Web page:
Cathy said, “I’m just curious. Did anything traumatic happen to you when you were a child?” Then it clicked. Yes, something did happen! Our family lost our house when I was 6, and we had to move. My parents didn’t want to talk about it, so my brother and I were left on our own to make sense of what was happening and find comfort.
Cathy said, “How interesting. You and your son were displaced from your homes at about the same age.“
She told me she had an idea about what was happening for me. If she was right, the same therapeutic process that helped my son could help make my life easier and more manageable. Would I like to set up an appointment for myself?
Yes, I told her.
In our first session Cathy took my history and then explained her hypothesis.
She asked me to imagine that humans grow and develop like trees. If you look at the rings of a tree, you see some rings are thicker in the years when growing conditions were good, and thinner during the stressful years.
Sometimes you see a scar in an isolated ring. This happens when the tree sustains a nonlethal injury say by fire.
So, too, humans grow and develop, and we do it the best when we feel safe. There are stressful years, but growth continues. Sometimes, though, dramatic and traumatic things happen.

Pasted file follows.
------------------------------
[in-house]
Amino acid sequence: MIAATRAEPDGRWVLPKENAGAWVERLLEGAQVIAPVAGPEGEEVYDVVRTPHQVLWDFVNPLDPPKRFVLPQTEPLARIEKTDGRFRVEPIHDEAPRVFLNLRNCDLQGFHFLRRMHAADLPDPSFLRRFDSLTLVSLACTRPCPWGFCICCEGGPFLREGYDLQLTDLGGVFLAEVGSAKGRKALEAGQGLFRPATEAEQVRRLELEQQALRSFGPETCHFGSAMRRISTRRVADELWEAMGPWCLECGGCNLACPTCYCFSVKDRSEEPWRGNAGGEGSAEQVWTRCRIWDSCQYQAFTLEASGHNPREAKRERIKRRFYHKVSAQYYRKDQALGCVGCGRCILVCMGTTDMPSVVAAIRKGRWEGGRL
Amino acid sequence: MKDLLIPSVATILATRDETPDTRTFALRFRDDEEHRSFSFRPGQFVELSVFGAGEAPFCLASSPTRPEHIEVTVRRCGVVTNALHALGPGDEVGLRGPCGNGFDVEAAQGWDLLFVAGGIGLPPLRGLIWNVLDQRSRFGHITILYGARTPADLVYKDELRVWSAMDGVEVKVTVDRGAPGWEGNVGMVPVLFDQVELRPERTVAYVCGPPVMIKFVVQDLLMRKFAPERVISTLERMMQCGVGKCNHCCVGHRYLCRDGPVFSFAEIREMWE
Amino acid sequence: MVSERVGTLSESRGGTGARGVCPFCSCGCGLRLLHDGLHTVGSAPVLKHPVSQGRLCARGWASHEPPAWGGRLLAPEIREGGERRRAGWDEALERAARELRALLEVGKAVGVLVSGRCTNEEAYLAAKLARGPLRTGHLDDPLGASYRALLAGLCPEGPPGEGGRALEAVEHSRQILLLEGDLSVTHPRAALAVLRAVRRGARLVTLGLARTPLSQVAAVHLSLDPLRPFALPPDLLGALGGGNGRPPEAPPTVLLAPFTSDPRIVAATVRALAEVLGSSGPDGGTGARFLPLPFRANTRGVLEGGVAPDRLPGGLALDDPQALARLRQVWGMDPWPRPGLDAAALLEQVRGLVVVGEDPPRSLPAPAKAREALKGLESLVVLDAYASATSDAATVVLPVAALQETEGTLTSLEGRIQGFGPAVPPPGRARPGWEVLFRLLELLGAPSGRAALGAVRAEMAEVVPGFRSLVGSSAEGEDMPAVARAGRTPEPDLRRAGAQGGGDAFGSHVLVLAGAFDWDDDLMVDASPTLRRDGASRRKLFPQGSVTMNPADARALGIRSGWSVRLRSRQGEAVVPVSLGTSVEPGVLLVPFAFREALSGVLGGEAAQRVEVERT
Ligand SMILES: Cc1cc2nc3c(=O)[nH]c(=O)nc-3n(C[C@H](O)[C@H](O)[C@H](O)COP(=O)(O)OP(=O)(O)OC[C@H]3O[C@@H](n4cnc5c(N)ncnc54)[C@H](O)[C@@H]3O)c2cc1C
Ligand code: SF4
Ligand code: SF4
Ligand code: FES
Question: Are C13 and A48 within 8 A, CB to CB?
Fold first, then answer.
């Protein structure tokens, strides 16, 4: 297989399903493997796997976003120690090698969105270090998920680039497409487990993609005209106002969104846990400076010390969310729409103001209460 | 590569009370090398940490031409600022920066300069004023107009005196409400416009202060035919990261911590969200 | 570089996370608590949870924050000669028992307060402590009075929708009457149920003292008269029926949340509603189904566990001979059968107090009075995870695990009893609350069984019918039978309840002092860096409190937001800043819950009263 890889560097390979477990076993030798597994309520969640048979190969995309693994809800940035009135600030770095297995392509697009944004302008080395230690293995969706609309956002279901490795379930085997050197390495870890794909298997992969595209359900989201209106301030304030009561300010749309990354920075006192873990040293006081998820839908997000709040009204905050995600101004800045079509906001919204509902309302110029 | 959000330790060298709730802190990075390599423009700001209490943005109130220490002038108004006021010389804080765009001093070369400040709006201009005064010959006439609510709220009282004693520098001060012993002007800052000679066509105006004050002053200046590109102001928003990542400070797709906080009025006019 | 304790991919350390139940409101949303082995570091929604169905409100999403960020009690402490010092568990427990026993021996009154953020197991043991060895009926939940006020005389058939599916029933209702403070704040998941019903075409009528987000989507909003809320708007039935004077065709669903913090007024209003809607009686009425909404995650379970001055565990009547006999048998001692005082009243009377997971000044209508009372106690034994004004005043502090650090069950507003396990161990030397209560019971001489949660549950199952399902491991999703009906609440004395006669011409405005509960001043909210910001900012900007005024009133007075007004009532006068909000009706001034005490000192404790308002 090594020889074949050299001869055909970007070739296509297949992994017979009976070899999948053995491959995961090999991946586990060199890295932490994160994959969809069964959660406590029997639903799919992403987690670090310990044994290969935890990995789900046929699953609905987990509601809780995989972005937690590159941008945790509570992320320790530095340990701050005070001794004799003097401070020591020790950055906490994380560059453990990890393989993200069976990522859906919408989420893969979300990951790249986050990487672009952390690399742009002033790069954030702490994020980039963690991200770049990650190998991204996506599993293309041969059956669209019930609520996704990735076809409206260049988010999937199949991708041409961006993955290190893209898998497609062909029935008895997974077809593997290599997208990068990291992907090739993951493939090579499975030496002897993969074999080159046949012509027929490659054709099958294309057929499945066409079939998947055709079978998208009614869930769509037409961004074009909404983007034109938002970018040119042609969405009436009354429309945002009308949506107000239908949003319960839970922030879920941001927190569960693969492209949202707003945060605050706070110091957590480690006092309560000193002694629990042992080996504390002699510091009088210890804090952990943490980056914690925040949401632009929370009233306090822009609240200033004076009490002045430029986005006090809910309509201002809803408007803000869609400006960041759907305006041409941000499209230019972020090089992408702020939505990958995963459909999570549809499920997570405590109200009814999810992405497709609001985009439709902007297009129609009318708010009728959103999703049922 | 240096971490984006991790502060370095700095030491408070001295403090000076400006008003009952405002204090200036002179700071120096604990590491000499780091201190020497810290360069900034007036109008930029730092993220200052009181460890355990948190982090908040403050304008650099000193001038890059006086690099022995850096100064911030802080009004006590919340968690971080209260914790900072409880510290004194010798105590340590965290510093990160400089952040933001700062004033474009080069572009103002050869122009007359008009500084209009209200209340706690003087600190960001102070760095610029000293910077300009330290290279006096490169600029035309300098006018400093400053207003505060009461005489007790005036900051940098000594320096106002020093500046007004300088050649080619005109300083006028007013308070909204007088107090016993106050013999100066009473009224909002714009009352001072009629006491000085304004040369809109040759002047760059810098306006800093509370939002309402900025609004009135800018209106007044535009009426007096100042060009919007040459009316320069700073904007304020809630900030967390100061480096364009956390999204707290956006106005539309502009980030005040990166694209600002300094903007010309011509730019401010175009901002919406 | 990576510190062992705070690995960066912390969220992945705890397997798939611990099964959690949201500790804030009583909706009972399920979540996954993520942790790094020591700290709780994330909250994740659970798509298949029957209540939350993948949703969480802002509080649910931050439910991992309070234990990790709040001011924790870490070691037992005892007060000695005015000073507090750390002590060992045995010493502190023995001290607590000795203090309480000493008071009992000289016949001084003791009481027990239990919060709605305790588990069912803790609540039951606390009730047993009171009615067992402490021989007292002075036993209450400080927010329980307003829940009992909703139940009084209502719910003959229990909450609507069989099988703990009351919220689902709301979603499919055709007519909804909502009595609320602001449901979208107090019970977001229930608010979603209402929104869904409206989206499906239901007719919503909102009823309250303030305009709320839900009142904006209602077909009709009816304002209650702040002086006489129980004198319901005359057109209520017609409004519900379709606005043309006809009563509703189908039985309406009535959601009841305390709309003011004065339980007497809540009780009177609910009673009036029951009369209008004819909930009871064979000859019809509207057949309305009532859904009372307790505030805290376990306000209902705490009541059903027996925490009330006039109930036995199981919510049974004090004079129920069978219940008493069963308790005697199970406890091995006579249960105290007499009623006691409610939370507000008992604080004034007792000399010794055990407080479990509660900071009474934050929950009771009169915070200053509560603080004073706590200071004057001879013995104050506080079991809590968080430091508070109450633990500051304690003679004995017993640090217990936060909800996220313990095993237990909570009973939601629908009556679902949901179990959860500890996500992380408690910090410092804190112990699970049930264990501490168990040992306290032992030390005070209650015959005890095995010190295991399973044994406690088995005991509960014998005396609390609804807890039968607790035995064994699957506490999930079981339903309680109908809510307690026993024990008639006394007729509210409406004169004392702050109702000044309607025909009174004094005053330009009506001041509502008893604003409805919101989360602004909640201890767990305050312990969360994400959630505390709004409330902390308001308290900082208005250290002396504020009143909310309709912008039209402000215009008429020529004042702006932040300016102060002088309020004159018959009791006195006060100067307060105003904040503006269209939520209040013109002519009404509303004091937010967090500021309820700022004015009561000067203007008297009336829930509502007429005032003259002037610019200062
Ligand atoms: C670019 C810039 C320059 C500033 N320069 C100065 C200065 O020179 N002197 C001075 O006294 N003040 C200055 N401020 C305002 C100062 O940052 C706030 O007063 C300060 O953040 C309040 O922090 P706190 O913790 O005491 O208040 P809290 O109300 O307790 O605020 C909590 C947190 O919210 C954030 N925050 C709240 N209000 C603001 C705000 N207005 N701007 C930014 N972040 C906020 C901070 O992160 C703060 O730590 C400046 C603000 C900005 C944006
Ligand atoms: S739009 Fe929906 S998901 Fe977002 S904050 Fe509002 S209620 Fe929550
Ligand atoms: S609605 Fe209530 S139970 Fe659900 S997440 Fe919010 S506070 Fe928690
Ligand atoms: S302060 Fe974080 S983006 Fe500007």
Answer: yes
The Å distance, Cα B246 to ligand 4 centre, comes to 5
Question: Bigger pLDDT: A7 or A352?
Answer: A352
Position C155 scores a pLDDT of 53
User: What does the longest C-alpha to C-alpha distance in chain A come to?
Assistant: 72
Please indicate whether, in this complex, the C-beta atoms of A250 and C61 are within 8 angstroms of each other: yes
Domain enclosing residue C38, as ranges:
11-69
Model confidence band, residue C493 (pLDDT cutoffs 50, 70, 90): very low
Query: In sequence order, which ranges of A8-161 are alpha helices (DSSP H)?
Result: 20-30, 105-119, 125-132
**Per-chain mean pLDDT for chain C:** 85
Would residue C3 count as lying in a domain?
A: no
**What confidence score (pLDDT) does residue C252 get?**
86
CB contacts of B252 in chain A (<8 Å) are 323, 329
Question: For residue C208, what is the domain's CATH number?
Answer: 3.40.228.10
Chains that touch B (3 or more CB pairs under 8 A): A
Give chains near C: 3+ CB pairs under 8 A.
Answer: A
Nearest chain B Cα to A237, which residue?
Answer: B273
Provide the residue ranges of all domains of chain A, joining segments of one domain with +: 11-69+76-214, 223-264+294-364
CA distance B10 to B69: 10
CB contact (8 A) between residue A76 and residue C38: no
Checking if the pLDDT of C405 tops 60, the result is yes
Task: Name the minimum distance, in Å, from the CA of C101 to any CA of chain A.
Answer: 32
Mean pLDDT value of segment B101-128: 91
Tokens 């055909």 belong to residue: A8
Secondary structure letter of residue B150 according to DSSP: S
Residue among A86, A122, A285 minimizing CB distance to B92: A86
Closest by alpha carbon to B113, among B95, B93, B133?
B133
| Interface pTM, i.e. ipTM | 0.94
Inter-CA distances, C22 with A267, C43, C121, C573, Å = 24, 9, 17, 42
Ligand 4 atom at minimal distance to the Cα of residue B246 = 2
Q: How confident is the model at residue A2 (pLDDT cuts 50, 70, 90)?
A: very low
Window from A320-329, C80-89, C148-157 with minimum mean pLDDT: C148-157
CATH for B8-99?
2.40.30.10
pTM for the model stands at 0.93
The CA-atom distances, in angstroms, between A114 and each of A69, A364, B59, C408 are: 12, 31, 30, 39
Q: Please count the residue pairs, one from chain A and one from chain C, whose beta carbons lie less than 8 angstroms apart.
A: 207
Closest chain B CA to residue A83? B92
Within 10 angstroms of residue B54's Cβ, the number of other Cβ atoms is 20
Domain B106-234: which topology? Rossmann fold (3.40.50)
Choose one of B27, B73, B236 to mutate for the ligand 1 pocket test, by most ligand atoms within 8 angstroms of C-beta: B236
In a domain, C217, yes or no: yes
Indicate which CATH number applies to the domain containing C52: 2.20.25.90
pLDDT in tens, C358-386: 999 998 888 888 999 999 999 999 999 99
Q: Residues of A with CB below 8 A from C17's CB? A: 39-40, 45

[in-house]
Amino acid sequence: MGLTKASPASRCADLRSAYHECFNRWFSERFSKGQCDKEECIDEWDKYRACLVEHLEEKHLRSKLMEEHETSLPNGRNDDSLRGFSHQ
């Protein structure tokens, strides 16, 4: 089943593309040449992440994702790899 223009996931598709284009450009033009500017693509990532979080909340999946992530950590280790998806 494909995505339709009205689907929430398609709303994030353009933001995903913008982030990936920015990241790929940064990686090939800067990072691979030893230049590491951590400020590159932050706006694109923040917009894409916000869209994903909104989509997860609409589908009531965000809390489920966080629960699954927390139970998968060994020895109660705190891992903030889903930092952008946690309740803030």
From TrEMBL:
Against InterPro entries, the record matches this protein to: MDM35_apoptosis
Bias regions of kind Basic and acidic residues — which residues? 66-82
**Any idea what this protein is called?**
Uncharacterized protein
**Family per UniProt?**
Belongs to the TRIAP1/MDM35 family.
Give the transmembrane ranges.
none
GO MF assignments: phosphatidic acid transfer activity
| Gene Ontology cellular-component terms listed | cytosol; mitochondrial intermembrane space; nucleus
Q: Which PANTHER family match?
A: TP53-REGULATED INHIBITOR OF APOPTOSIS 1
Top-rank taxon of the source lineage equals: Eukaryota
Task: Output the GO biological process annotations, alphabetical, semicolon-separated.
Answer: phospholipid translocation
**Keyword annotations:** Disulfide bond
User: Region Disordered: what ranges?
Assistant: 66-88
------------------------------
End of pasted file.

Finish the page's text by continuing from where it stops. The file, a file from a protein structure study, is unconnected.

Cathy asked me to imagine saying to my eight year old son, “I have my own things to do so I’m leaving. I’ll stop in now and then to make meals and do the laundry. While I’m gone, I want you to rebuild our house and our lives.”
That was your childhood experience. You had some big powerful feelings, and there was not an adult there to comfort you or guide you. Your wound was caused by trying to manage adult-sized problems all on your own with your child-sized tools. It doesn’t work. This is your scar—your trauma.
If your parents told their 6-year-old daughter what was happening with your house instead of keeping secrets, answered your questions instead of avoiding them and helped you process your feelings, you could have healed at the time. The ring from your sixth year might look look normal.
Hopefully your son’s eighth year ring will normal rather than scarred because of this intervention.